When FFTC was invited to preview The Lion, The Witch and the Wardrobe at Open Window Theatre, I jumped at the chance. I was extremely curious to see how a small black box theatre was going to pull off a large-scale production. My date was my almost 9 year old daughter (for a birthday outing) who was also concerned about how they would give a man an animal’s body but keep his head and torso and yet still give him horns.
When we arrived early for the preview’s special reception of milk and cookies, we discussed this particular concern with our friend Joy Donley, the director of the production.
She smiled and said, “Well, you’ll have to see if you liked how we did it. I think you will be pleased.”
She was right; we were not disappointed.
Before the show began, founder and executive director, Jeremy Stanbury, welcomed us to the production, thanking us for coming. Then, the theater went black and it began.
The sound of rain showered down on us, and the lights came up with the Pevensie children playing in the mansion. They heard Mrs. Macready giving a tour and they ran to hide; Lucy into the Wardrobe. Stepping into the wardrobe, the audience entered Narnia and stayed there for the length of the play only to return with foursome to close the story.
It was a powerful piece. There were many moments when I grabbed Tori’s hand because I was nervous. A black box theater puts the audience INTO the story. I was a little edgy that I would come face to face with one of the more creepy characters.
I didn’t need to worry about that though because while the actors came through the aisles, they didn’t interact with the audience . Normally, I love to interact with the actors but in this case, I was glad that I was purely a spectator and not participant.
My 9 year old was not nervous at all. She loved every minute of it and chattered all the way home though she was bemoaning the fact that she had a bellyache from eating nine cookies. (that was a bit excessive, even for me)
- Mrs. Beaver– played by Karen Wiese-Thompson. She was my absolute favorite. I was in fits and giggles every time she did anything on stage: spoke, danced, sang, ran. She was delightful.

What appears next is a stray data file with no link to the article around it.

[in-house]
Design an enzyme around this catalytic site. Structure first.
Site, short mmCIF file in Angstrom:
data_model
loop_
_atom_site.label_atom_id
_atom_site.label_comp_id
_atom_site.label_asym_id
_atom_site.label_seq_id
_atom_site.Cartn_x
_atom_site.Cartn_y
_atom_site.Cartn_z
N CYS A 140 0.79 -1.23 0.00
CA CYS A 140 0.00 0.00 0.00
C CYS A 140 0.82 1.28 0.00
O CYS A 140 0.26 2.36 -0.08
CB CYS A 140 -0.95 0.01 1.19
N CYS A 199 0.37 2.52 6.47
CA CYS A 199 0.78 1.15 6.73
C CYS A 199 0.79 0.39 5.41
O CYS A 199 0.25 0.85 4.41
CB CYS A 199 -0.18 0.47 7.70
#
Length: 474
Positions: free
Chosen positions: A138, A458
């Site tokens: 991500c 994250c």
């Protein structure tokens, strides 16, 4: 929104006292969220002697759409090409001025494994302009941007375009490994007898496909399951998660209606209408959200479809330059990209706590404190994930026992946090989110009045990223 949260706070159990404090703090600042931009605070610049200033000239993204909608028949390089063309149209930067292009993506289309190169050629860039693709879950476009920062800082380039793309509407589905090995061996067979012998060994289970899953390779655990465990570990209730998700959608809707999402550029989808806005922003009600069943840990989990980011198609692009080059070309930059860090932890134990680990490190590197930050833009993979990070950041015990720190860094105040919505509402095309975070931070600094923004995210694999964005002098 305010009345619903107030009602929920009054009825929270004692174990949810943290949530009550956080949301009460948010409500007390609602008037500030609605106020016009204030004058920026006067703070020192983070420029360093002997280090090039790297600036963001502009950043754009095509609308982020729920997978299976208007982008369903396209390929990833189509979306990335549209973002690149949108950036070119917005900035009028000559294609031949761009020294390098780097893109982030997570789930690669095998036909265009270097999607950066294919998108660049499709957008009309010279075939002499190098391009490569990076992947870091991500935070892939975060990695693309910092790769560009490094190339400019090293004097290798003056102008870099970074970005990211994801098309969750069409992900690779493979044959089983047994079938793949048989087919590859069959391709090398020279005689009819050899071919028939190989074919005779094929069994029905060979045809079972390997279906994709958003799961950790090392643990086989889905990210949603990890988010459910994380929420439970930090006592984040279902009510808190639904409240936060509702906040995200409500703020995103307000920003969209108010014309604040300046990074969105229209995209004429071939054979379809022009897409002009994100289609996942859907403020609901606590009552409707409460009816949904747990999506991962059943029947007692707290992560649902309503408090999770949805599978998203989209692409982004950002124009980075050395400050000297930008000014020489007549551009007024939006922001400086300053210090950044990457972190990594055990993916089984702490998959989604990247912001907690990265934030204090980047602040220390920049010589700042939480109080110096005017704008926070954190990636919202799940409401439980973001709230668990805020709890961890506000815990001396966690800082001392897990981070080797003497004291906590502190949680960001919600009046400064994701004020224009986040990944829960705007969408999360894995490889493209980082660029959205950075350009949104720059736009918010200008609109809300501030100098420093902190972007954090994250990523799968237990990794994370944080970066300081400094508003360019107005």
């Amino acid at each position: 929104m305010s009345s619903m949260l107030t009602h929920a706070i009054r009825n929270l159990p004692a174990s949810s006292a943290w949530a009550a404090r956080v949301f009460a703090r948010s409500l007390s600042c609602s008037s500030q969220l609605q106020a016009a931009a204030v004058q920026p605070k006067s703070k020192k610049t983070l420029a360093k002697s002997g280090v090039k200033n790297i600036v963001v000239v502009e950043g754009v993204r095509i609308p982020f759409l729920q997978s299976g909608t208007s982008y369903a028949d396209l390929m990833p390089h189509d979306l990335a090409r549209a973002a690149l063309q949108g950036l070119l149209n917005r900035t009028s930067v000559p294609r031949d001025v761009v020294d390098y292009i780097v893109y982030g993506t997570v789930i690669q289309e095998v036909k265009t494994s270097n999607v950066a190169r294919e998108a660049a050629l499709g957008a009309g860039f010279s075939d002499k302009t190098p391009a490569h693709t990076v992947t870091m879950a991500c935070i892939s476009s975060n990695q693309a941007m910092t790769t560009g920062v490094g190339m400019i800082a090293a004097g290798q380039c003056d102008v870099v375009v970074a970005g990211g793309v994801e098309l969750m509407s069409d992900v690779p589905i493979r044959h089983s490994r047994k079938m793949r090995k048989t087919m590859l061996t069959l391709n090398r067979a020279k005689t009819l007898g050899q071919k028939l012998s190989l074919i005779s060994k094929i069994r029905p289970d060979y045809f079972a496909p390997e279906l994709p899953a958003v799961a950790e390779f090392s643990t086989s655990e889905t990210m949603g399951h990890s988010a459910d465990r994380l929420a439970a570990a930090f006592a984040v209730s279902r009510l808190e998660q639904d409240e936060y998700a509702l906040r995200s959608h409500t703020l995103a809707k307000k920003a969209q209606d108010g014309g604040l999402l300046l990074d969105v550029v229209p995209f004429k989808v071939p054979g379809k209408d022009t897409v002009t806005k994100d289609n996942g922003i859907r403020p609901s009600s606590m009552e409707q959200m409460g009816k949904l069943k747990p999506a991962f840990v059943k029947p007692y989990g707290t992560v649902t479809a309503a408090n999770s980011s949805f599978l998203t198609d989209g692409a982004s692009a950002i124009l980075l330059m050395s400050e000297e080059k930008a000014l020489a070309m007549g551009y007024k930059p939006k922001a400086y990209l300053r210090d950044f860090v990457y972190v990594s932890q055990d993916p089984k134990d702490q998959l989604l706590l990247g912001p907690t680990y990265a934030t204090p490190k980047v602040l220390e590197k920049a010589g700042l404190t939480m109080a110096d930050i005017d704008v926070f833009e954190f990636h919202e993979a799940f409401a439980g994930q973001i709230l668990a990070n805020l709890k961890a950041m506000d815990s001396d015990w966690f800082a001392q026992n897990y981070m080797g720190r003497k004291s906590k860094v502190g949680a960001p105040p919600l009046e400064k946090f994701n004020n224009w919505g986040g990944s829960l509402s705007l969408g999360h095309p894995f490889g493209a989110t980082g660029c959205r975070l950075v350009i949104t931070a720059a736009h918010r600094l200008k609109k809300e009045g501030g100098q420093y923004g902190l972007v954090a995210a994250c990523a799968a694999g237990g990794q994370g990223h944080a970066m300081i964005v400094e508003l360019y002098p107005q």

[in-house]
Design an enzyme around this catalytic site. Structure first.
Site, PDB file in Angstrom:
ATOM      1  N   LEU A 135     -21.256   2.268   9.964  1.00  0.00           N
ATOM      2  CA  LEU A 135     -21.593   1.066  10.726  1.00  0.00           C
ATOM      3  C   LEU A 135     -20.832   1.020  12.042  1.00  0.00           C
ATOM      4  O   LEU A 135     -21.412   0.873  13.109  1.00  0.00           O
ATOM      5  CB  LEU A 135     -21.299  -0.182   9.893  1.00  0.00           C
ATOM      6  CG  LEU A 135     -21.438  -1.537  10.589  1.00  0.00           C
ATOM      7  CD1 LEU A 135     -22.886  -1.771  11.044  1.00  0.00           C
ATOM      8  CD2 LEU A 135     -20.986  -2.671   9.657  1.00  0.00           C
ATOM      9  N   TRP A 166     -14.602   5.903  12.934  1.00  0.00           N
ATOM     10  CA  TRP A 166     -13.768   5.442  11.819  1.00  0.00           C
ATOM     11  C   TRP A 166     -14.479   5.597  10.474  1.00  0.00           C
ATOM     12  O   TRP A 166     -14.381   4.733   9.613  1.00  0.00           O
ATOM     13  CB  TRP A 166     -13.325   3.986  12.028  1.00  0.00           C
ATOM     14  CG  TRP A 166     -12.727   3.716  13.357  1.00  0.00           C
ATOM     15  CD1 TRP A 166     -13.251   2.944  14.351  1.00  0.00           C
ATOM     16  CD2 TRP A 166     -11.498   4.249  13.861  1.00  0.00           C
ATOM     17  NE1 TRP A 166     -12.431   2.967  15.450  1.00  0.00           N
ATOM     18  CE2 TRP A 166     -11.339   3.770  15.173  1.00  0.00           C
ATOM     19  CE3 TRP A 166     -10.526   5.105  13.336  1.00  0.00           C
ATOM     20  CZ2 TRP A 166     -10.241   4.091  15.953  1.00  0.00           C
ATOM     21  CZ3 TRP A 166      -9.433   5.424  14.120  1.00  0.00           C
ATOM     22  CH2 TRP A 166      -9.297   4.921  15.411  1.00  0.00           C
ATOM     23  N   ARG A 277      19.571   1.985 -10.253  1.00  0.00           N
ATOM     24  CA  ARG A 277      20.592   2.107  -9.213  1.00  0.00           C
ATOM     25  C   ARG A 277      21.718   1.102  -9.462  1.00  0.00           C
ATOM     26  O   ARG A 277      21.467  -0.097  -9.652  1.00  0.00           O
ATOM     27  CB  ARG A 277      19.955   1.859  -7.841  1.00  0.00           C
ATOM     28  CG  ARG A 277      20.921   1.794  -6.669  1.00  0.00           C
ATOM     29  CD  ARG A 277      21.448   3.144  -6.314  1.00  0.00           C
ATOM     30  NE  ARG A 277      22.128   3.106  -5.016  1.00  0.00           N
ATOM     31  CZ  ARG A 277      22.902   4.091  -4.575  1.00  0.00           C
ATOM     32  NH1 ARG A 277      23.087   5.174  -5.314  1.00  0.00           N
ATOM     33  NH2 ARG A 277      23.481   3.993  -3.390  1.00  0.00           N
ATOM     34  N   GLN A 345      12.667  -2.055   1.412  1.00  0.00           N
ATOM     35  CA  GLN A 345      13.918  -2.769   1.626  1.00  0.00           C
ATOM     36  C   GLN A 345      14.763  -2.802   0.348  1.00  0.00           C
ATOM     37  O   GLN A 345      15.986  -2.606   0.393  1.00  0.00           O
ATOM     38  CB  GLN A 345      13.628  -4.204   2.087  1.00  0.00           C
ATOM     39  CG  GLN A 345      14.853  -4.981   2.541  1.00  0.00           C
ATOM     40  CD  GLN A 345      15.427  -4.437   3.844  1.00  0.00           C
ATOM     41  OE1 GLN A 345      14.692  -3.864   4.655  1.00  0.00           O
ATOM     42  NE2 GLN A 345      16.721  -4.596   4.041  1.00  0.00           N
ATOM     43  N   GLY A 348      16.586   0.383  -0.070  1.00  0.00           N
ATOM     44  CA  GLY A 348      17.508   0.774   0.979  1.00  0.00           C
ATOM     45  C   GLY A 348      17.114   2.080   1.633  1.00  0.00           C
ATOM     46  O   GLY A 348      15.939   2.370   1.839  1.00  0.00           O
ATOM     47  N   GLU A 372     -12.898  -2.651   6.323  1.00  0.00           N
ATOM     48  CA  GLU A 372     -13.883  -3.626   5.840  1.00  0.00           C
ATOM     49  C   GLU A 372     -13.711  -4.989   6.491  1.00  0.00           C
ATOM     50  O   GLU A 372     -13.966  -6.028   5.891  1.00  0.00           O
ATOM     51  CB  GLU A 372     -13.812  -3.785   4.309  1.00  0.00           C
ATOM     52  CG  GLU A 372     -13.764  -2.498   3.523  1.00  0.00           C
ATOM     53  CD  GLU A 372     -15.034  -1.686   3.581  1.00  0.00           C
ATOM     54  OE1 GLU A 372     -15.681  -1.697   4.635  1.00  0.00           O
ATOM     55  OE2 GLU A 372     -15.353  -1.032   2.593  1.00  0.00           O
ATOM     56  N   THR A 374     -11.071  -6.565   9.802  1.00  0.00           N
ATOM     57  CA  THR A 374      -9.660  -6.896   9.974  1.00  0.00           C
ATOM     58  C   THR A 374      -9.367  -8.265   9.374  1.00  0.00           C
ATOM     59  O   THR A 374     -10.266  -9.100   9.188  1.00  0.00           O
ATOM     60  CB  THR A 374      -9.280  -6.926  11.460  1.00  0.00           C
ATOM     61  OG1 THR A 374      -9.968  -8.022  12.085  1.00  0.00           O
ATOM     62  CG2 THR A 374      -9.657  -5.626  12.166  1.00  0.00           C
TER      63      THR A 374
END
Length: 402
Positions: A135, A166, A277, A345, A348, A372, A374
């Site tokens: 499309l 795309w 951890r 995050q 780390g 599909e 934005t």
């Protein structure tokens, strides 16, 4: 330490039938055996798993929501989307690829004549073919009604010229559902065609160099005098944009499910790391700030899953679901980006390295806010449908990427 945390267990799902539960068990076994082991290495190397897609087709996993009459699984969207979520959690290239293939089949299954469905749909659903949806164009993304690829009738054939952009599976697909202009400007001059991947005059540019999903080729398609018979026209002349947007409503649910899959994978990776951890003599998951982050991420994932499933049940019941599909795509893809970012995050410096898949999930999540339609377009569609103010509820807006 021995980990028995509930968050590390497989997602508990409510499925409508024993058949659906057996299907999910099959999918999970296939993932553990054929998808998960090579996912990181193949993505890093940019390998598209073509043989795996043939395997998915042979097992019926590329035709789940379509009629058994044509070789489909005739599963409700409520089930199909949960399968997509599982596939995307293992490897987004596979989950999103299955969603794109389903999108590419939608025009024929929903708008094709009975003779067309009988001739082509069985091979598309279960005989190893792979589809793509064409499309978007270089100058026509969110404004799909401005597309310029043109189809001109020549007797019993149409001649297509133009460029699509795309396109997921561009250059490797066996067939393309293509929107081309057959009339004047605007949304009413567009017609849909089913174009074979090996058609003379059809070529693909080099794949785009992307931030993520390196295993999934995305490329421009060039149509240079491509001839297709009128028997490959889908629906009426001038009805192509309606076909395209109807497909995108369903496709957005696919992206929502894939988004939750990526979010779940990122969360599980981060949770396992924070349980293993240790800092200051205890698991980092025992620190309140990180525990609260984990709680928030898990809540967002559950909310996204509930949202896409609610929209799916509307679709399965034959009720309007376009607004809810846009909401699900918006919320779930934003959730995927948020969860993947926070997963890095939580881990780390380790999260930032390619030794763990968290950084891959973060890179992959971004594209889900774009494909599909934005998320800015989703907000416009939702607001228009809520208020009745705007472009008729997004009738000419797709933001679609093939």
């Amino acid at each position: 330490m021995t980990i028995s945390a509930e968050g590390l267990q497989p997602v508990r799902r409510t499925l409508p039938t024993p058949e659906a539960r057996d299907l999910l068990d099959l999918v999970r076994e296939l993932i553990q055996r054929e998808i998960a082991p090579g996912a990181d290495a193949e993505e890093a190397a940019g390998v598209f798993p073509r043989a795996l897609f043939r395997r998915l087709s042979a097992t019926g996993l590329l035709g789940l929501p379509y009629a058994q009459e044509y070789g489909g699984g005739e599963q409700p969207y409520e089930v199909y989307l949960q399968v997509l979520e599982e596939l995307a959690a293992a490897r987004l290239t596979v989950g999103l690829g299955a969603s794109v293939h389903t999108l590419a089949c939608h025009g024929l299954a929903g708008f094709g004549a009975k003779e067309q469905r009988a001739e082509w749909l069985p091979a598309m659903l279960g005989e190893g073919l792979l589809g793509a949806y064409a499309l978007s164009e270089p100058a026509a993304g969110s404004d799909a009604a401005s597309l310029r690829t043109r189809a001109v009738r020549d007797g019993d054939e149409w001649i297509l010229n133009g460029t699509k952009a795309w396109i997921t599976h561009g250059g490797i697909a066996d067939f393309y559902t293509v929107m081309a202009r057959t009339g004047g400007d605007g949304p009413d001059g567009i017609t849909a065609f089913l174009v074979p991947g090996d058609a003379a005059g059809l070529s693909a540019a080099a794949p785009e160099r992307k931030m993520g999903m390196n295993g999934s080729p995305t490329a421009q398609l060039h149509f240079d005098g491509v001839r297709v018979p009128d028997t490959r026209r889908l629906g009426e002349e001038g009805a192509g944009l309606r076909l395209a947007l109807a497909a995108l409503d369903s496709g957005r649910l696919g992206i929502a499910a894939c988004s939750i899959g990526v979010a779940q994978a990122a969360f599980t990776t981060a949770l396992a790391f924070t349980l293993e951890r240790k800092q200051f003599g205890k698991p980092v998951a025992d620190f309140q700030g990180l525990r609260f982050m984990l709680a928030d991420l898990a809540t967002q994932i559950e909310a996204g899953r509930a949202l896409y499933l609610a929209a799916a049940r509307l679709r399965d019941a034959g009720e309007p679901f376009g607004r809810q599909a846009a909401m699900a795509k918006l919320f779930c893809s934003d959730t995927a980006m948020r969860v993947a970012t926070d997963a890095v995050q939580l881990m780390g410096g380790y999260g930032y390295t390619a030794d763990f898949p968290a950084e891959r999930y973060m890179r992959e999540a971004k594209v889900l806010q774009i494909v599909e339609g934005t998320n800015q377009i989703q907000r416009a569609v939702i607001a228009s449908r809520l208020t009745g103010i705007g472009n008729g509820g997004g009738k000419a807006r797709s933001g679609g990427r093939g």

- Mr. Beaver–played by Arnie Roos. The way he carried himself like an animated and concerned beaver was SO FUNNY! We always felt relieved and at peace when the Beavers were on stage.
- Lucy and Edmund– played by Madeline Ann Sundheim and Jack Alexander. They have huge roles in this story, and they both were extremely believable. At one point Lucy screamed at the top of her lungs, and I was so startled that I spilled my coffee!
- The stage/set–I knew that Open Window Theatre had expanded, but I wasn’t sure what it would look like. The stage is almost (almost) twice as big. The set was designed beautifully! I loved the bridge and the beaver’s house.
- Tori’s favorite character was the unicorn. “I like how they made her all white!”
- The volume. I only say this because there is a lot of shouting and yelling (and roaring) and screaming inside a small theater space. If you have sensitive young kids, I would prepare them for that. However, Jeremy Stanbury’s kids (one of whom shares a name with me) are quite young and they did fantastic.
- The cookies. Don’t get me wrong. They were delicious! But our reception was for the preview night only. Don’t despair too much. OWT does sell refreshments for your convenience.
I have always wanted to go to Narnia. After seeing The Lion, The Witch and The Wardrobe at Open Window, I feel like I was there. It was breathtaking.
Make the time in your schedule to see this show. You won’t be disappointed.